Open Thread: Should Taxpayers Compensate Businesses for Construction Losses?

SFMTA painting the transit-only 'Red Carpet' lanes on Mission. Photo: SFMTA.
SFMTA painting the transit-only 'Red Carpet' lanes on Mission. Photo: SFMTA.

The Mayor and at least three members of the San Francisco Board of Supervisors are working on proposals to offer financial compensation to merchants impacted by city projects, notably those in Chinatown near the Central Subway construction.

As reported in the San Francisco Examiner:

City leaders are looking to boost efforts to aid merchants in Chinatown after it was revealed that the Central Subway may open 10 months later than originally planned. In addition to $575,000 planned by the Mayor’s Office to enhance access to Chinatown during the construction, and attract more customers, Mayor Ed Lee directed city staff to “develop a range of additional options to assist impacted Chinatown merchants” in the wake of the delay, the Mayor’s Office told the San Francisco Examiner.

The Chronicle, in its coverage, adds that “Under the program, businesses could apply for subsidies of between $5,000 and $10,000 from the city, but the money would have to be used for certain improvements, like fixing up a facade or purchasing a new credit card system.”

“We do have a Chinatown-specific supplemental appropriation pending at the Board which would hopefully go to giving the merchants within the Central Subway Impact Zone immediate relief while we flesh out the rest of our long-term, citywide strategy for construction impacts with our colleagues in District 6 and District 7,” wrote Supervisor Aaron Peskin’s Chief of Staff, Sunny Angulo, in an email to Streetsblog.

At first blush, it seems only natural that the city should help small businesses survive the damage that can be done to their bottom line from construction projects, especially major projects that are delayed, such as the Central subway.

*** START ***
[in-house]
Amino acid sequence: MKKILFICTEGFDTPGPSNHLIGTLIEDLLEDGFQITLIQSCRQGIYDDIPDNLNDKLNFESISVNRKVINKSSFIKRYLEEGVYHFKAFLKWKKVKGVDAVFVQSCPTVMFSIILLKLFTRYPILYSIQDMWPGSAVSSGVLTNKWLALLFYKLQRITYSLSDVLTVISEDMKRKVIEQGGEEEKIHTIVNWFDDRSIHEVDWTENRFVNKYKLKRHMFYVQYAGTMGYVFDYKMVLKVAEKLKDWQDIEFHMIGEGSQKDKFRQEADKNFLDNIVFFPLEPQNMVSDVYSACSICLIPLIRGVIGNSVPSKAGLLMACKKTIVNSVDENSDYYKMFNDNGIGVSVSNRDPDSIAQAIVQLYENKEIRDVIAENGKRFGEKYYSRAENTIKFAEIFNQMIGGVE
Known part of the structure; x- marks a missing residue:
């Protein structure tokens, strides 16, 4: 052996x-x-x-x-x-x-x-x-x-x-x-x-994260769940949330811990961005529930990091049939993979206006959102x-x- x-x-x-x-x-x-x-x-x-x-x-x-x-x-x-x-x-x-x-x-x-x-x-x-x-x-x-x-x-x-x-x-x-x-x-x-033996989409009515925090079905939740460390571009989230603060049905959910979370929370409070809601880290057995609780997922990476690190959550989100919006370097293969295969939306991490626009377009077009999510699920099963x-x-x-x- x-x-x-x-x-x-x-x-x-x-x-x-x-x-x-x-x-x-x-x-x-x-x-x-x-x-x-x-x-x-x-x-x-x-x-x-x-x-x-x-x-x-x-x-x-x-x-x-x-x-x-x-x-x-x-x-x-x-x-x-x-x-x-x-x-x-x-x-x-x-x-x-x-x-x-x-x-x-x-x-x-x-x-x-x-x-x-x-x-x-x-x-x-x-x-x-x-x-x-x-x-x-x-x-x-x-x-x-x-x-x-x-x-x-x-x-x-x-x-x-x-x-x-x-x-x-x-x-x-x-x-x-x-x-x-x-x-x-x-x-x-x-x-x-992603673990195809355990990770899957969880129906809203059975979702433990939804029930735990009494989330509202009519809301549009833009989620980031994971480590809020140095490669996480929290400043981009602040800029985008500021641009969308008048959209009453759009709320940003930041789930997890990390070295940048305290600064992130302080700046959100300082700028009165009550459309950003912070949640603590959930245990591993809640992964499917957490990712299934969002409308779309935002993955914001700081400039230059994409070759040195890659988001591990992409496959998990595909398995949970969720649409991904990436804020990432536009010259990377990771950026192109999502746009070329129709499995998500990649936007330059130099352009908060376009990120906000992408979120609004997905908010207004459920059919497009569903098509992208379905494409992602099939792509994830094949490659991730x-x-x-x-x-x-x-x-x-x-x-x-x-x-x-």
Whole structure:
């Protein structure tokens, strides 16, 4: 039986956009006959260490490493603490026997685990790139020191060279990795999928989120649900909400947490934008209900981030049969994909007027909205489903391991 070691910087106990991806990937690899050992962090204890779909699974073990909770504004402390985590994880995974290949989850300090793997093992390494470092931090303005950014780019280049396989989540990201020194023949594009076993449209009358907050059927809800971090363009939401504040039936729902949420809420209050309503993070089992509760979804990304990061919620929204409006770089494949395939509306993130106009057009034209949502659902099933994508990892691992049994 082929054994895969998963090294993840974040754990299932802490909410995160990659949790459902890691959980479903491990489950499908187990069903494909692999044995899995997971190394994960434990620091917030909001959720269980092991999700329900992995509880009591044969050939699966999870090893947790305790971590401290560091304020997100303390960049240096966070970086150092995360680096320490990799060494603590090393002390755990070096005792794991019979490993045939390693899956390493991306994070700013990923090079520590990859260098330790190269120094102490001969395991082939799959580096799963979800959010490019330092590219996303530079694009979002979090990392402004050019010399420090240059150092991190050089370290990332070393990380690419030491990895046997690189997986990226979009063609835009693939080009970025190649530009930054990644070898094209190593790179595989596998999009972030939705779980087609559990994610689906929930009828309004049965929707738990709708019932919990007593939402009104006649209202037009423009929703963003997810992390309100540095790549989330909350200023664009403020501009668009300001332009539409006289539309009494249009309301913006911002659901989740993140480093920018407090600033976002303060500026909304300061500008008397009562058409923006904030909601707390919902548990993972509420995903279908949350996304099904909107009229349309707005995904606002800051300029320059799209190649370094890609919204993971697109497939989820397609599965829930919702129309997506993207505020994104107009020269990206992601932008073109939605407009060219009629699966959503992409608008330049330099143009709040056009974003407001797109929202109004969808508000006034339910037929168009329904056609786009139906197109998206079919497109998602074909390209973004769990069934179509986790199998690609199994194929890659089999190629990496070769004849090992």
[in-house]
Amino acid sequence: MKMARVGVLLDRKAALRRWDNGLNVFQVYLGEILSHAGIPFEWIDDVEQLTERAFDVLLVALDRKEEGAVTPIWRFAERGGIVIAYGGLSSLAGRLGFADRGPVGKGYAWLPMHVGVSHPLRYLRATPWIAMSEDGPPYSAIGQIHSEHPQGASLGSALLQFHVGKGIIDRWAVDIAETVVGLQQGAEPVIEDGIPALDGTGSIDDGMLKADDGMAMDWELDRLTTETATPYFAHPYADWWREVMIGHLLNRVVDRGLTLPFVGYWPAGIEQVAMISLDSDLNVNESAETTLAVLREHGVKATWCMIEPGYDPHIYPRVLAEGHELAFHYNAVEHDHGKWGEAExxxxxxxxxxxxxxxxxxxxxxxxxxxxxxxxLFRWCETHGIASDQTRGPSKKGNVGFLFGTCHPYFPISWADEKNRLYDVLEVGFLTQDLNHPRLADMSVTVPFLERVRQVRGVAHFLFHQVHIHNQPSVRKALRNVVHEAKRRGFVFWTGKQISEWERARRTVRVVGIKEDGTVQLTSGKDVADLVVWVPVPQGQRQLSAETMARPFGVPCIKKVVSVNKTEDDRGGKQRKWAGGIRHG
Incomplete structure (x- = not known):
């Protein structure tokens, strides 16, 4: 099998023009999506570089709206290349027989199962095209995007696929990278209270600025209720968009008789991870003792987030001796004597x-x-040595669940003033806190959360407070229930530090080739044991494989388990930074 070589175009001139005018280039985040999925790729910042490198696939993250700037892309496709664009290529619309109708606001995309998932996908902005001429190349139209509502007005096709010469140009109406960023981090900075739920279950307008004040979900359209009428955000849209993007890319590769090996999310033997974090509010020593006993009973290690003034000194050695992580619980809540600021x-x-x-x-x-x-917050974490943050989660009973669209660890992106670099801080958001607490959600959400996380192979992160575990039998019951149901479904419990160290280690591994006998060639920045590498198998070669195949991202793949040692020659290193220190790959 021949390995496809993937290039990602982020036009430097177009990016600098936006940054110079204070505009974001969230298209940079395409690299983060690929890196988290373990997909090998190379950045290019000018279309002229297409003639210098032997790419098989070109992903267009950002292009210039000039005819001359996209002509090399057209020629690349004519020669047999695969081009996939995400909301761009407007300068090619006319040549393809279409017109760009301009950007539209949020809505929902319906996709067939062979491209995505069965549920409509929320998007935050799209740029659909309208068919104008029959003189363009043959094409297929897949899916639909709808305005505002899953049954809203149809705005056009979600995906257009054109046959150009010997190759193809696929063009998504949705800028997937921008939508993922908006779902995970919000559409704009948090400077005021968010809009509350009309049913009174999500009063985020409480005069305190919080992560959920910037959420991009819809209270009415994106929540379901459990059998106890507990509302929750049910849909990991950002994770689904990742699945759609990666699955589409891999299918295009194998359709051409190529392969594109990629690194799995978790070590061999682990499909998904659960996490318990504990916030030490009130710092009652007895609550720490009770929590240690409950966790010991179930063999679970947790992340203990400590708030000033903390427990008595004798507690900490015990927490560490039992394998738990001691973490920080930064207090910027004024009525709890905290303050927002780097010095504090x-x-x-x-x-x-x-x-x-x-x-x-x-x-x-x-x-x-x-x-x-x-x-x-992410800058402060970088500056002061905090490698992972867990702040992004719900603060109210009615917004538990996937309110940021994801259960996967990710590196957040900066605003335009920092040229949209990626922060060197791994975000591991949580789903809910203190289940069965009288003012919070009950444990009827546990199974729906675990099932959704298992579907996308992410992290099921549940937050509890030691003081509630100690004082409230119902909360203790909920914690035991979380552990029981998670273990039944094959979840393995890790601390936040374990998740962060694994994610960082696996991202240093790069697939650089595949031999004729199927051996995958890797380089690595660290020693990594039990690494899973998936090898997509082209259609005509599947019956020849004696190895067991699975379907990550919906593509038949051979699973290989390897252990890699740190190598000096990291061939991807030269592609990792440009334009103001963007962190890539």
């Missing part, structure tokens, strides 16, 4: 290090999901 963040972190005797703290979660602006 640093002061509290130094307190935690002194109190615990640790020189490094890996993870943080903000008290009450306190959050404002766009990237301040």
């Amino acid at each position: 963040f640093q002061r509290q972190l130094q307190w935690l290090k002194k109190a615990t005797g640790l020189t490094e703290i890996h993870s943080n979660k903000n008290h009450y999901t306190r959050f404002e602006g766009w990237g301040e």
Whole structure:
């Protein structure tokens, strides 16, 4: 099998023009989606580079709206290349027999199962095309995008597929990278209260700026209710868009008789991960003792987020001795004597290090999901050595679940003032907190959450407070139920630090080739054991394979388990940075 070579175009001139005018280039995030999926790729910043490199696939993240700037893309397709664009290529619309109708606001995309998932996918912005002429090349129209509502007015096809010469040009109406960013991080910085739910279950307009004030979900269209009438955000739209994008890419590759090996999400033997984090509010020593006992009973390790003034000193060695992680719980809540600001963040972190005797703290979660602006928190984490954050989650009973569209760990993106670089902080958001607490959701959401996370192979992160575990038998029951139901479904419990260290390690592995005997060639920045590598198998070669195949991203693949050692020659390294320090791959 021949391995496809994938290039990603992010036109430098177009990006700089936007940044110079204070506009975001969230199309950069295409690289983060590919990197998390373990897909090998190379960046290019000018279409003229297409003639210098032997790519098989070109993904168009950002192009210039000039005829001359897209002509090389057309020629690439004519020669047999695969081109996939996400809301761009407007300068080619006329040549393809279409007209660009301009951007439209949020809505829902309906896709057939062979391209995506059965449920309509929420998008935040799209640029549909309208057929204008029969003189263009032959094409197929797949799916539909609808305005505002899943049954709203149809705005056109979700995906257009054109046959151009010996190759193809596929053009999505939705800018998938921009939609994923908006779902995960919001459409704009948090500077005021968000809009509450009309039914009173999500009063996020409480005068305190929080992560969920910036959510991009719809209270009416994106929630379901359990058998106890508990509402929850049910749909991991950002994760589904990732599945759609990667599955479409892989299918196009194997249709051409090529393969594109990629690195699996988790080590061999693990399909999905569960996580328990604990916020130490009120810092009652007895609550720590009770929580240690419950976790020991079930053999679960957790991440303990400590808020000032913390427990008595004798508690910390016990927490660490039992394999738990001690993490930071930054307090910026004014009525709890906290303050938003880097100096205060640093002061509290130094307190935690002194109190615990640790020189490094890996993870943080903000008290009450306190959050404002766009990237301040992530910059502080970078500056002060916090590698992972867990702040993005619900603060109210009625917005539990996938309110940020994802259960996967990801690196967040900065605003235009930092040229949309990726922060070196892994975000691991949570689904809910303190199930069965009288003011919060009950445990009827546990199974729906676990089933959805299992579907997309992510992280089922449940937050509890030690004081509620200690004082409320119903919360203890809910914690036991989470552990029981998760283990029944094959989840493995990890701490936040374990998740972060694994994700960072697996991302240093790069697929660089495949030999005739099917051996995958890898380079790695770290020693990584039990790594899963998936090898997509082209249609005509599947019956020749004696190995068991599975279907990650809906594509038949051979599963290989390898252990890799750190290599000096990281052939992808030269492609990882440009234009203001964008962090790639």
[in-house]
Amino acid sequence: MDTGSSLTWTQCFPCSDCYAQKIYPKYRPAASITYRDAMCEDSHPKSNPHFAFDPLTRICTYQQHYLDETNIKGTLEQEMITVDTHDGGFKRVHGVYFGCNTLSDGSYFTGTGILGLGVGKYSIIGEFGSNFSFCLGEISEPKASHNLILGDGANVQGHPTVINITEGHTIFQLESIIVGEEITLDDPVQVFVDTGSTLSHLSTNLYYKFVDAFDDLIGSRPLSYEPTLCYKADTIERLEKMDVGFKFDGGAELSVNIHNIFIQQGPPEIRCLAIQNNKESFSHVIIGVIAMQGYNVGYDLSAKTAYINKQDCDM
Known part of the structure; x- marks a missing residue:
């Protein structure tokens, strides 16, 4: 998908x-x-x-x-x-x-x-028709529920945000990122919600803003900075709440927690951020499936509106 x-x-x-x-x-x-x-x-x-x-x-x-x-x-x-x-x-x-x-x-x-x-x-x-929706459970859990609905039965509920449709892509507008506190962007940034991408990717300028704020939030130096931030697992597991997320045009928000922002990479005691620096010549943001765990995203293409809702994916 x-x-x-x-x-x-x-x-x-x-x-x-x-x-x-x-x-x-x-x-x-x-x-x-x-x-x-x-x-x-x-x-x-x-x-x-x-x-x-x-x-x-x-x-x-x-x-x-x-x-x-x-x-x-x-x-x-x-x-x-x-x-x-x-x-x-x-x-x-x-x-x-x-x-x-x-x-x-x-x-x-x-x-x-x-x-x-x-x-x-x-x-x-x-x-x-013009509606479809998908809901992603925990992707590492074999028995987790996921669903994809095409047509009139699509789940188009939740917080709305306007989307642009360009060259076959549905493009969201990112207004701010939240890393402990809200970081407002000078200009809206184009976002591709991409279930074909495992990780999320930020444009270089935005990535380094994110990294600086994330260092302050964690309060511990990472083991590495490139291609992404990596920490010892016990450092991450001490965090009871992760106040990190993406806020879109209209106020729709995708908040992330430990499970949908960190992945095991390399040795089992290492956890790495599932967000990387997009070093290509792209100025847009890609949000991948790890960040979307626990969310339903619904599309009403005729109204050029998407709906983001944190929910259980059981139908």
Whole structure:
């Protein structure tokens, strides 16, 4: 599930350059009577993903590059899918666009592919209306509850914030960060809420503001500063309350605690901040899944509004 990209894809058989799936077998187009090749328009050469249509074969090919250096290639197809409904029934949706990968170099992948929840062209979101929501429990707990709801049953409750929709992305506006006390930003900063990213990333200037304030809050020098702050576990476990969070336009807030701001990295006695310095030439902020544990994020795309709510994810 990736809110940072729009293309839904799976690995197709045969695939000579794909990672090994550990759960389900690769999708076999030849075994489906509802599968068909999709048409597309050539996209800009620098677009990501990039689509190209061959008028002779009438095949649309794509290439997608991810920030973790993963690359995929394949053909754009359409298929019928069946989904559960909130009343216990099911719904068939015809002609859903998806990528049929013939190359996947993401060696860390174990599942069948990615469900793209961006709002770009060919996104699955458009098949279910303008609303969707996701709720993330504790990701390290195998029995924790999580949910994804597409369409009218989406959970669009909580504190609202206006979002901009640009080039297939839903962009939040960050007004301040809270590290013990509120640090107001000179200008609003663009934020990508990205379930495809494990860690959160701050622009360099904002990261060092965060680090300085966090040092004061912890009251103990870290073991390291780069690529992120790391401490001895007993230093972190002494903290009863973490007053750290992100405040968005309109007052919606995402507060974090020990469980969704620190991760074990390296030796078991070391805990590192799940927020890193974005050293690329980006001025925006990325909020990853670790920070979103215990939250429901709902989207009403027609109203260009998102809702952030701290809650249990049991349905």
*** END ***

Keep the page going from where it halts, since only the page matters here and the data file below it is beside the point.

“We’re supportive of expanding assistance–small grants, or low-interest loans–to small businesses to restore or improve facades, signs, awnings, and grilles, especially if these building features are brought up to current standards for transparency, energy efficiency, size, brightness, and compatibility with historic buildings. Good building frontages enhance walkability, street safety, and neighborhood character, benefiting both local businesses and area residents,” wrote Tom Radulovich, Executive Director of Livable City, in an email to Streetsblog. “Decreasing community resistance to streets and transit projects can help expedite project approvals and schedules, which saves money.”

There’s precedent for this.

PolicyLink, which has offices in Oakland and several other cities, did a breakdown of similar programs in Seattle, the Twin Cities, and Cleveland. Los Angeles also has programs for its rail construction.

That said, Streetsblog fears this policy could set a dangerous precedent if not used sparingly and under the strictest criteria. Construction costs are high enough without forcing taxpayers to compensate everyone who might suffer impacts. As Peskin was quoted as saying in the Chronicle, the city has to be careful not to open a Pandora’s box. “There should be a threshold for business that relies on pedestrian traffic, low margins of cash, or are new,” said James Rojas, an urban planner and activist based in Oakland.

And if the merchants accept direct compensation, what about when the Central subway finally opens? No doubt, they’re going to receive a windfall from the subway’s estimated 35,000 boardings. Shouldn’t they have to pay the tax payers back, with interest?